It’s not often that the insurance company brings good news, which made this spring’s credits and rebates all the more welcome. But those givebacks may have fallen short of the actual windfall insurance companies enjoyed.
The Consumer Federation of America says their analysis of traffic and accidents indicates that a 30% reduction in premiums was in order for the last two weeks of March, as well as April and May. Yet, as the association points out, only a few insurers offered relief of 25% or more for at least two months; most provided 15% givebacks, for just two months, ignoring March.
Other stakeholders, however, point out mitigating factors for insurers when it comes to auto-insurance risk. In a webinar hosted by the Insurance Institute of America, a spokesperson for Cambridge Mobile Telematics noted that while miles travelled are down, speeding and distraction both peaked in April, based on CMT’s analysis, and fatalities are up. Other industry spokespeople have pointed out additional risks arising from COVID-19, such as some insurers allowing privately insured cars to be used for upstart delivery services.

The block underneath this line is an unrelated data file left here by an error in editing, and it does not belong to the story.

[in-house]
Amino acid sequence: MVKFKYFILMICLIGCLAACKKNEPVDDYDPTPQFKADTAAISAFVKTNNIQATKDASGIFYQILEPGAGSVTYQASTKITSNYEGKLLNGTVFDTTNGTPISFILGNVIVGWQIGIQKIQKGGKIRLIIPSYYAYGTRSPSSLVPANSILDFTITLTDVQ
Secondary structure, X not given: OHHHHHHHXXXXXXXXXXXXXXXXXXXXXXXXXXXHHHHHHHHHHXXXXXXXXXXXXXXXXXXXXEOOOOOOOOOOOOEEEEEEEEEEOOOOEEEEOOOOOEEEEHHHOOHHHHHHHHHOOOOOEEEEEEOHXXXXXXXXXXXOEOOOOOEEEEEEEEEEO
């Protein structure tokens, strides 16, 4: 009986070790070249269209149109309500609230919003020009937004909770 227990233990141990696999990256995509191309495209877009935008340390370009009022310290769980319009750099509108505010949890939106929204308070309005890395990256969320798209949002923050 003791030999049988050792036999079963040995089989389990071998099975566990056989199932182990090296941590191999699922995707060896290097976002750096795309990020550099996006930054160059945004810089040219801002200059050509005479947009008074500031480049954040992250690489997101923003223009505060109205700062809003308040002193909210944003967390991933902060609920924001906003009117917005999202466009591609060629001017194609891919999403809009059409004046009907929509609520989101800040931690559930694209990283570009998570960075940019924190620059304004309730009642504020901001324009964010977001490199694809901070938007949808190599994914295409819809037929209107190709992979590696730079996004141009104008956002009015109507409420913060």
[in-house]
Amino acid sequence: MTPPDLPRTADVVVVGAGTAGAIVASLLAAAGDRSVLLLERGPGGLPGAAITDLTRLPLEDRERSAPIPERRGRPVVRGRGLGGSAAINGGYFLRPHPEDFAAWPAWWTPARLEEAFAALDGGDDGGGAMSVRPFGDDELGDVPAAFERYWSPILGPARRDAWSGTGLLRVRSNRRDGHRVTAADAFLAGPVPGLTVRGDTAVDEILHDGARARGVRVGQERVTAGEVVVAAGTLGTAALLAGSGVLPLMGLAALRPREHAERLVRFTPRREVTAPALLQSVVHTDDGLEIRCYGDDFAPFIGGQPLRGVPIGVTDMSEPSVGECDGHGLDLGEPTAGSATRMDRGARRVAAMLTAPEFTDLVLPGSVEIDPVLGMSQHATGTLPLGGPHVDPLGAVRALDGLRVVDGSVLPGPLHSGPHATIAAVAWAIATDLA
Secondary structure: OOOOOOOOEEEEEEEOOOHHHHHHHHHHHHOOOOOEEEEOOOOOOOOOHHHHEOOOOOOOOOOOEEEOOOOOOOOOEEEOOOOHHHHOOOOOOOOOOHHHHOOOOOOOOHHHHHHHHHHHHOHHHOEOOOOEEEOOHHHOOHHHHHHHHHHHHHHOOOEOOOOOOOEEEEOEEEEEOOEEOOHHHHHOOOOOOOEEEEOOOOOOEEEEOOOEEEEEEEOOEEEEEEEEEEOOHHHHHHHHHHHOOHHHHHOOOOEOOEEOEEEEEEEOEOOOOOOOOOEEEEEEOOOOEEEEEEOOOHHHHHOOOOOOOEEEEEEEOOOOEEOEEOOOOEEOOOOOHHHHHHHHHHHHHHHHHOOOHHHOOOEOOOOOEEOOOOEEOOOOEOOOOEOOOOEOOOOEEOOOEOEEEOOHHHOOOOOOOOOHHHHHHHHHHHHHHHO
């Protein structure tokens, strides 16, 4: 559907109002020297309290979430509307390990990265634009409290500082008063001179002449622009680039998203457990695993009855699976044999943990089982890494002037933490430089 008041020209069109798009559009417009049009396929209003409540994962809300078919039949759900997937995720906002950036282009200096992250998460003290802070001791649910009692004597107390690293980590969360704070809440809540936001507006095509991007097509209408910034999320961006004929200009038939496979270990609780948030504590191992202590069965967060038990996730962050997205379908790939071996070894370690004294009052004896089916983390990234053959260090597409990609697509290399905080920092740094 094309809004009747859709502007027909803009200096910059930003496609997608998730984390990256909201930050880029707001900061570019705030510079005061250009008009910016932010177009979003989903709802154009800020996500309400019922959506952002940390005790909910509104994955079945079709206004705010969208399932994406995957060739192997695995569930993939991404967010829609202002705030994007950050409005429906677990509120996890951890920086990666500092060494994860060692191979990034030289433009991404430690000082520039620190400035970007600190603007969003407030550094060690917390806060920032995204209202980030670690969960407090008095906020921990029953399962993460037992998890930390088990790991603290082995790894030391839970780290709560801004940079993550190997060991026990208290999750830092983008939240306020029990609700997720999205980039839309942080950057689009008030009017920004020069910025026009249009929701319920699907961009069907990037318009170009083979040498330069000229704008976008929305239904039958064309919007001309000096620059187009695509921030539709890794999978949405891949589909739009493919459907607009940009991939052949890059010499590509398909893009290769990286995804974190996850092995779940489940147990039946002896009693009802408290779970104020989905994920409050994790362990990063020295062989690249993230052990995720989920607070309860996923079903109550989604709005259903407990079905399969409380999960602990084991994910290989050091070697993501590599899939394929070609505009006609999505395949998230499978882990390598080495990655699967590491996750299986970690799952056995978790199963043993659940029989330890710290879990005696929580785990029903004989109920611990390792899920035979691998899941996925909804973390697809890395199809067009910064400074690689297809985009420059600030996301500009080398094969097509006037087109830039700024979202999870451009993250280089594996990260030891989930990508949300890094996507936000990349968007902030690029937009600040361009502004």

You May Not Get Relief for Low-Driving Summer Months
Call it a potential summer soaking. With some insurers, there’s a gap between the relief issued, or at least promised, for the spring months and the savings that have been promised when policies are renewed in the late summer or fall. And this is despite the fact that driving might remain below normal levels for some time, as the coronavirus effects continue.
Some insurers are already extending their earlier premium givebacks. Allstate and USAA have extended their monthly relief for April and May into June. USAA has pledged a rebate for May driving and to continue monitoring claims, and passing along month-by-month relief if the numbers merit it.